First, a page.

Unusually, Burma Camp was in the morning more silent than a cemetery but within that silence lurked death, unknowingly.
Acting on intuition, the tall, lanky and light-skinned flight lieutenant suddenly decided to jump down from the military pick-up in which he stood. Almost simultaneously, a bullet from an unknown source came whizzing through the spot where he stood and ricocheted to hit one of the officers that had flanked him.
The next few minutes, their vehicle would go through a spontaneous war zone, so chaotic and characterised by a host of flying bullets and pumping guns. But as he hanged on the side of the vehicle and the driver was making way for the rest of about 25 metres to branch left into the Camp Quarters, he noticed the bullets that were flying at them were rather hitting the lower part of the vehicle.
Next, he waited for “the appropriate moment” and jumped off the vehicle. By that time, soldiers – some even in their underwear – had come out of their bedrooms with their wives and children and fled like birds flying in formation. As they bolted from the bullets towards the Air Force Station inside the Camp, the flight lieutenant followed them, showing he equally possessed a clean pair of heels.
That was June 4, 1979. Fast forward to June 4, 2014 – 35 years after – the flight lieutenant recalls that “I was following them. We were all on the run. I was going to my station. But they were running away, I don’t know where to, but away from the bullets.”
Hitherto that moment of chaos, he had been standing tall all morning while the nation stood still. He had been rescued from prison by fellow officers, and accompanied to the Broadcasting House to make a famous declaration of the toppling of the government.
Then, flanked by other officers in the back of their military pick up, he had been chauffeured to the place he had always known as home – the Burma Camp.
These were “some of the interesting events” that took place on June 4, 1979 as were told by former Ghana President Jerry John Rawlings on June 4, 2014 at the 35th June 4 anniversary commemorative wreath- laying ceremony organised in Accra.
As he recounted the events that took place on that fateful day in 1979, he said “I don’t know why sometimes God decides to give us so many lives. At a certain moment, instinctively, I just felt a danger situation and I faltered out of the back of the vehicle, still holding unto the bar and at that split second a bullet hit where I was standing. No warning! But I’m just talking about sometimes the power of intuition.”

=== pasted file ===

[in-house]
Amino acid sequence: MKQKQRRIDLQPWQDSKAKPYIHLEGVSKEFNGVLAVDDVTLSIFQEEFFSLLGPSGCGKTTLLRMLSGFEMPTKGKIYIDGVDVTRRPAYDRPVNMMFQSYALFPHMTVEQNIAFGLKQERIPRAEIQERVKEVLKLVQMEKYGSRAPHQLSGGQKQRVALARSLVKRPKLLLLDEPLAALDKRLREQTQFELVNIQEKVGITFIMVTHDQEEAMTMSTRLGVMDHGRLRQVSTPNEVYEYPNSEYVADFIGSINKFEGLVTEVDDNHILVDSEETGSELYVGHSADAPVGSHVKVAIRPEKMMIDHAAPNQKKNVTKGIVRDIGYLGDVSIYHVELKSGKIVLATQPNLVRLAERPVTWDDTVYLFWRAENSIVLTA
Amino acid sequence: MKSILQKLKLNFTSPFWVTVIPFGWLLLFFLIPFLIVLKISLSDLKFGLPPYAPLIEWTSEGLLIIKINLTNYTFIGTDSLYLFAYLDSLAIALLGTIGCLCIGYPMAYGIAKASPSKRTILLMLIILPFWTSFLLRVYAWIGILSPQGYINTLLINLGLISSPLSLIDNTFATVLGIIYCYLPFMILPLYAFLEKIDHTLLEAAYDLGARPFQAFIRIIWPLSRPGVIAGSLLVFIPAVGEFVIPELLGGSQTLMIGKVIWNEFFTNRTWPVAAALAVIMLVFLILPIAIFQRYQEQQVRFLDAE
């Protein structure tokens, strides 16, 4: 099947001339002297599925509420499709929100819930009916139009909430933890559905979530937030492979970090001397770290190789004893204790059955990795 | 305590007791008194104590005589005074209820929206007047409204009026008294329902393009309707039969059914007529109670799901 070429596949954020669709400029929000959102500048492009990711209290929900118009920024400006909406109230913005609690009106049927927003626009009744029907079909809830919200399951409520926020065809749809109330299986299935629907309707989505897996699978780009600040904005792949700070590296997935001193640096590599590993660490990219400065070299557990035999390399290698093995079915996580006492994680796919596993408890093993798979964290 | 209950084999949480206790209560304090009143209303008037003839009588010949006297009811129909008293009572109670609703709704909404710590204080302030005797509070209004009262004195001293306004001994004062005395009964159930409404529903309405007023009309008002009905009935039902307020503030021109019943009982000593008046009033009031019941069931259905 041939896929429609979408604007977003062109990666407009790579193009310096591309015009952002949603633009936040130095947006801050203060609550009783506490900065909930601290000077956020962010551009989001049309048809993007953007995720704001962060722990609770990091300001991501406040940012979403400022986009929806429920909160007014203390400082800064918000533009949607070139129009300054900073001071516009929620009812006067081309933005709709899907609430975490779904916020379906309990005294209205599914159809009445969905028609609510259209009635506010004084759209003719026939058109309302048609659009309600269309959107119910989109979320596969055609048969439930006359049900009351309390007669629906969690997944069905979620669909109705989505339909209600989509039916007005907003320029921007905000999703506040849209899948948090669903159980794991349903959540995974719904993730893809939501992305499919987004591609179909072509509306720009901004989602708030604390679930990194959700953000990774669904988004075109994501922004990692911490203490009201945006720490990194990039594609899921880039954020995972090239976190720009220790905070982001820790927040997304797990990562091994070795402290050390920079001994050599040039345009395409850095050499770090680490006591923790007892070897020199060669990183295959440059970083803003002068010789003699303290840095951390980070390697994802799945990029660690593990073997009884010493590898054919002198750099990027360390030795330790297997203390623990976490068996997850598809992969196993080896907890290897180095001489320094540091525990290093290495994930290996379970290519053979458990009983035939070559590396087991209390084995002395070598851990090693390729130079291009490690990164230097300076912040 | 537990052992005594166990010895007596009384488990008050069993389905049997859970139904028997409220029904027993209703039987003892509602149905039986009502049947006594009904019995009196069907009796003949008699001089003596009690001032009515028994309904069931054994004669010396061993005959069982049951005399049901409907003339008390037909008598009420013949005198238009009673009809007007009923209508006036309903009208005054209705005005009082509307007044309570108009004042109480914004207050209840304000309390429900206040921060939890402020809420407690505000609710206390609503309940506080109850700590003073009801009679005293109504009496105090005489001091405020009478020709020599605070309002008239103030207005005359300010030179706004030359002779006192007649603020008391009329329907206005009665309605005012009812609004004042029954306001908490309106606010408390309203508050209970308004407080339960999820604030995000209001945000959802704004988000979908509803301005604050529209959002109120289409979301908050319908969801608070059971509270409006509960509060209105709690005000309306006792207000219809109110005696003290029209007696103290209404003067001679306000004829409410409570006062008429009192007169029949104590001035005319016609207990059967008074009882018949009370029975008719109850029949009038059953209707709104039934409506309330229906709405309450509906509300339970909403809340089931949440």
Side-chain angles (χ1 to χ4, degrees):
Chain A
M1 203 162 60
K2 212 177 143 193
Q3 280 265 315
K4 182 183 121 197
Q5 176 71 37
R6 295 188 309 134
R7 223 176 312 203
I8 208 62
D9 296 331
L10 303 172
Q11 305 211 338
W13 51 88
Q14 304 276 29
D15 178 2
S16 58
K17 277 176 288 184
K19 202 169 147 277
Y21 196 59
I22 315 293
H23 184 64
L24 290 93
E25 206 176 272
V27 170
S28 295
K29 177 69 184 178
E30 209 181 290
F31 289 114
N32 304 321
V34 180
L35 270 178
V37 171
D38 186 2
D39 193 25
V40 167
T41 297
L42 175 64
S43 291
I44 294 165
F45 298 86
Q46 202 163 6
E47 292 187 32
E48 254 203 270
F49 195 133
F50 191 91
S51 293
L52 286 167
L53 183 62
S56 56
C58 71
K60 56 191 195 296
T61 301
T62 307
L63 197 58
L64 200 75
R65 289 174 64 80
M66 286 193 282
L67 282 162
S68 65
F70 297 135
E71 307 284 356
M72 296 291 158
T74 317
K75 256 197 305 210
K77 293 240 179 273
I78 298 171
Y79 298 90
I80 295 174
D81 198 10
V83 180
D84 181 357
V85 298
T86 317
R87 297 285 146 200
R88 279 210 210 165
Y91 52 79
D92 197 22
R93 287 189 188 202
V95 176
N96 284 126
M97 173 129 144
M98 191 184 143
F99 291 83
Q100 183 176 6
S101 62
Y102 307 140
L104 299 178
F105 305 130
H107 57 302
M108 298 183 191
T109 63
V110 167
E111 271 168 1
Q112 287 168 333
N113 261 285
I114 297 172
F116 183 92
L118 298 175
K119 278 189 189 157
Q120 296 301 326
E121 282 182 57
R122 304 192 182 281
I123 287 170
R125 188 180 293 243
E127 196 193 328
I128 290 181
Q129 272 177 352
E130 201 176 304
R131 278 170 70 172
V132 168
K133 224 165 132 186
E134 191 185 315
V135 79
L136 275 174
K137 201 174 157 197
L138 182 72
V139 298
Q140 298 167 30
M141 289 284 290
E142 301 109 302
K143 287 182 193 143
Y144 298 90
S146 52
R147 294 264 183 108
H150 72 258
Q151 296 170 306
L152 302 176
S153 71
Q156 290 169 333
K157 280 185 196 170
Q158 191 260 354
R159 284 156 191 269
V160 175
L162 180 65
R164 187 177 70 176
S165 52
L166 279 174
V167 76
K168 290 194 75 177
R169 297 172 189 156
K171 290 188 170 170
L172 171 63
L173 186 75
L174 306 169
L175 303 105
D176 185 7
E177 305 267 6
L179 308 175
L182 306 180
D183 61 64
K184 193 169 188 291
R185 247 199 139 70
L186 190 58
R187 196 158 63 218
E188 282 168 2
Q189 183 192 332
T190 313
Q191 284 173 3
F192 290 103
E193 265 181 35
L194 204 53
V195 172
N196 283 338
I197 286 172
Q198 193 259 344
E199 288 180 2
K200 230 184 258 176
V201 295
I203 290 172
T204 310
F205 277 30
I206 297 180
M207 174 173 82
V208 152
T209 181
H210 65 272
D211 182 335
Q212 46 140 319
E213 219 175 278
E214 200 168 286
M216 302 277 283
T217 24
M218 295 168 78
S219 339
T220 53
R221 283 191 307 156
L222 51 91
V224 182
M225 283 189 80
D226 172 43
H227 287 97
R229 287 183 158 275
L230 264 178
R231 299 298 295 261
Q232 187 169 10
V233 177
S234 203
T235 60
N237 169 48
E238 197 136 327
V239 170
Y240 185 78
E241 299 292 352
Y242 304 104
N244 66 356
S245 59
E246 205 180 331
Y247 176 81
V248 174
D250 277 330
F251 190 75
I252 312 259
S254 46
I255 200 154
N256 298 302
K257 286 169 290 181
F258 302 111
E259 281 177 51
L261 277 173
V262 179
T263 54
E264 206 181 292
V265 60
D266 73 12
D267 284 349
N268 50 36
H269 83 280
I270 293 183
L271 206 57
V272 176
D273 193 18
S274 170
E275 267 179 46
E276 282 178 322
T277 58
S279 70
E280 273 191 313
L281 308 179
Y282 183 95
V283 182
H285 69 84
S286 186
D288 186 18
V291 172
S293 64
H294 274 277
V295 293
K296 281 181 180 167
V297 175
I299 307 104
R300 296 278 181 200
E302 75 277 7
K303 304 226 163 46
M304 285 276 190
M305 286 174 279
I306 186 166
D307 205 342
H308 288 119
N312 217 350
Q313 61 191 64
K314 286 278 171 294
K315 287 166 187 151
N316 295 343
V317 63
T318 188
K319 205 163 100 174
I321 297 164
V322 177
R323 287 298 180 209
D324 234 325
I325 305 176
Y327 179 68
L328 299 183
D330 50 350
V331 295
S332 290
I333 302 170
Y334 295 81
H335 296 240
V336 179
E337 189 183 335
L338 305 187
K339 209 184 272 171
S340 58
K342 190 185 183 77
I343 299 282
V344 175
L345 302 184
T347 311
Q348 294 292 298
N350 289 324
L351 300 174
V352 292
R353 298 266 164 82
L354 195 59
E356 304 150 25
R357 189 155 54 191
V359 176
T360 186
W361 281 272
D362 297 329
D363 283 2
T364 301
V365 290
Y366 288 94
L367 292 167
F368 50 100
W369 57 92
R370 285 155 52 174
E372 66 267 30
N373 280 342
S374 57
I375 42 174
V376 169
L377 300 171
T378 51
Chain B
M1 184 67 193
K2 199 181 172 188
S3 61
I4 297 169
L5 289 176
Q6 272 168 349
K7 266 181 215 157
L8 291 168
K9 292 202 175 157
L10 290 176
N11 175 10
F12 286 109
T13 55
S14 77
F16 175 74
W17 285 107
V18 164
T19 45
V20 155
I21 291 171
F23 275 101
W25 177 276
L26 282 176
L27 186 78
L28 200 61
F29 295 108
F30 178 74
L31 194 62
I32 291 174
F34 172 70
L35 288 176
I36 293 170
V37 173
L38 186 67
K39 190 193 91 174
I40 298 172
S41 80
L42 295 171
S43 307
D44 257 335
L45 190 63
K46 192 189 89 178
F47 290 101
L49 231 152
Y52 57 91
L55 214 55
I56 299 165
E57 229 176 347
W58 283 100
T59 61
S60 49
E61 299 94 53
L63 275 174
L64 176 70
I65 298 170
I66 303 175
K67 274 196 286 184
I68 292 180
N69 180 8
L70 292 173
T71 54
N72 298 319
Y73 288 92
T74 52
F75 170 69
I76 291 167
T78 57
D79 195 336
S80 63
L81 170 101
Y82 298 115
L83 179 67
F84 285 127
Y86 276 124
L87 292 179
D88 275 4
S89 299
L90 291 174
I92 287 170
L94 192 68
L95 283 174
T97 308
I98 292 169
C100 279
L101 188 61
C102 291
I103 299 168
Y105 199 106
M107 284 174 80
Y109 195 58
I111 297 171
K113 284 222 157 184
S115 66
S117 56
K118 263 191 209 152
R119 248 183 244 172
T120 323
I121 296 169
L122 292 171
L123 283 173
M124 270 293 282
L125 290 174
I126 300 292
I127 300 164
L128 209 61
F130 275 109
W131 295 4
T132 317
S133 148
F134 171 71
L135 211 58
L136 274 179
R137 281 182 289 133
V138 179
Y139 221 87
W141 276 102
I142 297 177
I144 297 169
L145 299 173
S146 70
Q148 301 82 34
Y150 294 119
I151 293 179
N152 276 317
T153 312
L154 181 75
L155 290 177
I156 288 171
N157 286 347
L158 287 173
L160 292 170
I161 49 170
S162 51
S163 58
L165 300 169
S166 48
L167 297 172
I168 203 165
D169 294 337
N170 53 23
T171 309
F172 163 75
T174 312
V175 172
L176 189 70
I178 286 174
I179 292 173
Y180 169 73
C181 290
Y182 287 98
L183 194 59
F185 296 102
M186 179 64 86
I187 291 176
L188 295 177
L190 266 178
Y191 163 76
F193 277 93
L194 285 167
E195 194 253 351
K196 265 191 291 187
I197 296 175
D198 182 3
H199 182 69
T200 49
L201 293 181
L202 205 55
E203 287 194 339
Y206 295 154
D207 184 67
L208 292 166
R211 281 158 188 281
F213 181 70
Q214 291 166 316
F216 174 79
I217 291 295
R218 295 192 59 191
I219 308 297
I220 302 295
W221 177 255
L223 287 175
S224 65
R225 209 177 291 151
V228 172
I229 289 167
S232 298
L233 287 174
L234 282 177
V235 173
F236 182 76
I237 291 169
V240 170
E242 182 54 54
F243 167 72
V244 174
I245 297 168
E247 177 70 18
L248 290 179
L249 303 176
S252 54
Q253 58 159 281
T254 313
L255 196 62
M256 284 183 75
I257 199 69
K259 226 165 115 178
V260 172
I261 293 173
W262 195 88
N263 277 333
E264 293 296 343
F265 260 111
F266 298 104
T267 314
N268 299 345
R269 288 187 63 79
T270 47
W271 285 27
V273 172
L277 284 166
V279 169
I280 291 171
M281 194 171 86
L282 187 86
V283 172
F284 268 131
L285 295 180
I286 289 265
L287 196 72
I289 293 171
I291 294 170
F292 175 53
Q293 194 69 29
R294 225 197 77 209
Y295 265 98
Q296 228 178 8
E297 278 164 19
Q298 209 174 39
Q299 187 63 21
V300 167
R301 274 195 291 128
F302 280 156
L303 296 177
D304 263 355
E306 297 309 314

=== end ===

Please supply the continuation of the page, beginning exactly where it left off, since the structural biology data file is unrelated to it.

He told his listeners that after all the chaos when he realised that the soldiers and the airmen who were with him were all still alive he was convinced that “corruption had sparked the rage of this nation and the nation was in a state of anger.”
But there was more action to come. “I continued to go through the wire, got into the aircraft that had been prepared for me with the weapons on board. I took off that morning and I needed to check whether the weapons had been properly aligned so flew down to the sea and there was an old vessel that had been berthed in the sea sand for many years. That was what I used that morning for target practice just to check whether my weapons were proper
“So I fired a couple of shops into the middle of the boat; they were on target and then I headed straight to the Broadcasting House with the fighter aircraft obviously to counter the effect of the armoured cars which were going there.”
President Rawlings, who ruled Ghana for 11 years as a chairman of a military council, further recalled that the second interesting event that occurred on June 4, 1979 was when he decided not to open his fire on the armoured cars. “When that moment came and I was diving the aircraft to fire at an armoured car, at the last moment something put me off it. I lifted the nose of the aircraft away from the armoured car and fired shots beyond the wall of the Broadcasting House”
Intriguingly, “later that day, when we were hearing one another giving account of all that had been happening, can you believe, also, that the armoured car that I refused to fire on also had been given orders to fire at the soldiers but he didn’t fire at the soldiers. He refused to kill his fellow soldiers.
“The revolution had really been sparked and people were not going to shed the blood of their own,” President Rawlings added, indicating that there were more “interesting” stories to tell from the June 4, 1979 episode but “I will give those to you another time.”
While he awaits an opportunity to further recount his June 4 experience, he lamented:
“I wish so much that we had continued the progress that was initiated. The range of anger, the productivity, the integrity with which, you know, we held this country and governed this country.Unfortunately, that is not where we are”
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